The plan flattens and lowers personal income taxes, the corporate tax, and cleans up almost every other corner of the tax code
MacIver News Service | November 3, 2017
For years, Republicans have argued that federal taxes and spending levels are too high. Now, with a Republican president and majorities in the House and Senate, it’s time to back those words with action. On Thursday, Congress released its plan for the first major tax code overhaul since 1986.
The Tax Cuts and Jobs plan would reduce the number of federal tax brackets from seven to four, and cut tax rates in almost every bracket. It would nearly double the standard deduction and eliminate most other deductions, including the personal exemption. Individuals earning up to $90,000 annually would now be taxed at a rate of 12 percent – down from 25 percent today.
The average American would see a considerable tax cut, even with the elimination of many popular deductions. A family of four earning $59,000 – the average household income in the United States – would see a $1,182 tax cut, according to House Republicans.
The corporate tax rate would drop from 35 percent – the world’s highest – to 20 percent.
Besides the significant tax rate reductions, the plan would eliminate many itemized deductions.
The authors estimate that the number of taxpayers itemizing their deductions would fall to fewer than 10 percent, from about one-third today. That’ll add up to significant savings from simplification alone. Perhaps most significantly, federal taxes will be so simple that Americans can file them on a form the size of a postcard.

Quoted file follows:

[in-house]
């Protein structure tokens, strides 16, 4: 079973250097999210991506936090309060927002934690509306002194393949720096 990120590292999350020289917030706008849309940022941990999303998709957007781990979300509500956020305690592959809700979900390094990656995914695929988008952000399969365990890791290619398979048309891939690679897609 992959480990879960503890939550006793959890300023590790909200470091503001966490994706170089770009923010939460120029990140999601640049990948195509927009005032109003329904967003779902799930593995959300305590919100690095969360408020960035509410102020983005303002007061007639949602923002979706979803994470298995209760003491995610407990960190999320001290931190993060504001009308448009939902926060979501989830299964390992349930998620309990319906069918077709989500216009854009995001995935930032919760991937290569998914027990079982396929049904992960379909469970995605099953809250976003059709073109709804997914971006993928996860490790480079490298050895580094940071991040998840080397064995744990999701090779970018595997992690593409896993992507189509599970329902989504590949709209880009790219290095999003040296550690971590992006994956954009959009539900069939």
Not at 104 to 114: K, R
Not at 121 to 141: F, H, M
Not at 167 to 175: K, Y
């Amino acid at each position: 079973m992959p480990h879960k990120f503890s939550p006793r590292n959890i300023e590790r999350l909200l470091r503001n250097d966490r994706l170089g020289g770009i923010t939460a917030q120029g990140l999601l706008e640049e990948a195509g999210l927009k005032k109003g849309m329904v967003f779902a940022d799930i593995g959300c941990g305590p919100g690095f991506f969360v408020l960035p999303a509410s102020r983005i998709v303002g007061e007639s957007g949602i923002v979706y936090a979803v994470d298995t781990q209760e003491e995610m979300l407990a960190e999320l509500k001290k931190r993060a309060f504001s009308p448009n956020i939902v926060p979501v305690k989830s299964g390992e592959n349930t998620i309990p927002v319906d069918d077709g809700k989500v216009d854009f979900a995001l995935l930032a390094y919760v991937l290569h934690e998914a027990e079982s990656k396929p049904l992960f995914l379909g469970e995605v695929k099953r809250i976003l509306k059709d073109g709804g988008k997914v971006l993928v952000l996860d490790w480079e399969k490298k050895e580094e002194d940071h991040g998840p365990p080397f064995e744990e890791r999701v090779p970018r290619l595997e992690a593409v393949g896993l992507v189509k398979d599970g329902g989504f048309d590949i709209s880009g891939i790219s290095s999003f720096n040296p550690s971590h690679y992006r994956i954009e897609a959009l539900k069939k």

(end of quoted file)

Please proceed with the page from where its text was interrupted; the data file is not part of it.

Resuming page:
The first step towards implementing this plan is done. Congress passed the budget on Oct. 26. It includes a long-range revenue plan that allows Congress to cut tax revenue by $1.5 trillion and spending by $5 trillion over the next ten years. This is the starting point for the Republican tax reform plan. The budget also includes rules that will allow the Senate to pass tax reform on a simple majority vote.
The details of the plan released on Thursday are simple in concept, but pulling it off will require considerable political skill. Debate will, no doubt, be fierce.
Speaker Paul Ryan met with small businesses in Wisconsin on Monday, saying, “I tell our members, we’ve been having class three rapids, which are pretty simple. We’re going into class five rapids now. We’re going through real choppy waters, and why is that? Because in simplifying the tax code, special loopholes and carve-outs, they’re not there.”
All told, the proposal would amount to a $1.51 trillion net tax cut over ten years. If passed, the major changes would generally be effective for tax years beginning after 2017.
The big plan for the individual income tax is to reduce rates, double the standard deduction, and reduce itemizations. Speaker Ryan says the average person saves more from the reduced rates and higher standard deduction than they ever could through itemization.
Holding up a proposed postcard-sized tax return, Ryan explained, “By doubling the standard deduction, you make it so people don’t have to itemize their deductions and fill out these very complicated forms. You dramatically streamline and simplify the tax system. And the theory in all of this is: it’s your money. Keep your money and do what you want with your money. Instead of sending it to Washington and if you do something that Washington or a special interest group with a carve-out or a loophole approves of, you can have some of it back.”
The standard deduction for individuals would go from $6,350 to $12,000. For married couples, it would go from $12,700 to $24,000. Individuals with one qualifying child could receive a standard deduction of up to $18,000.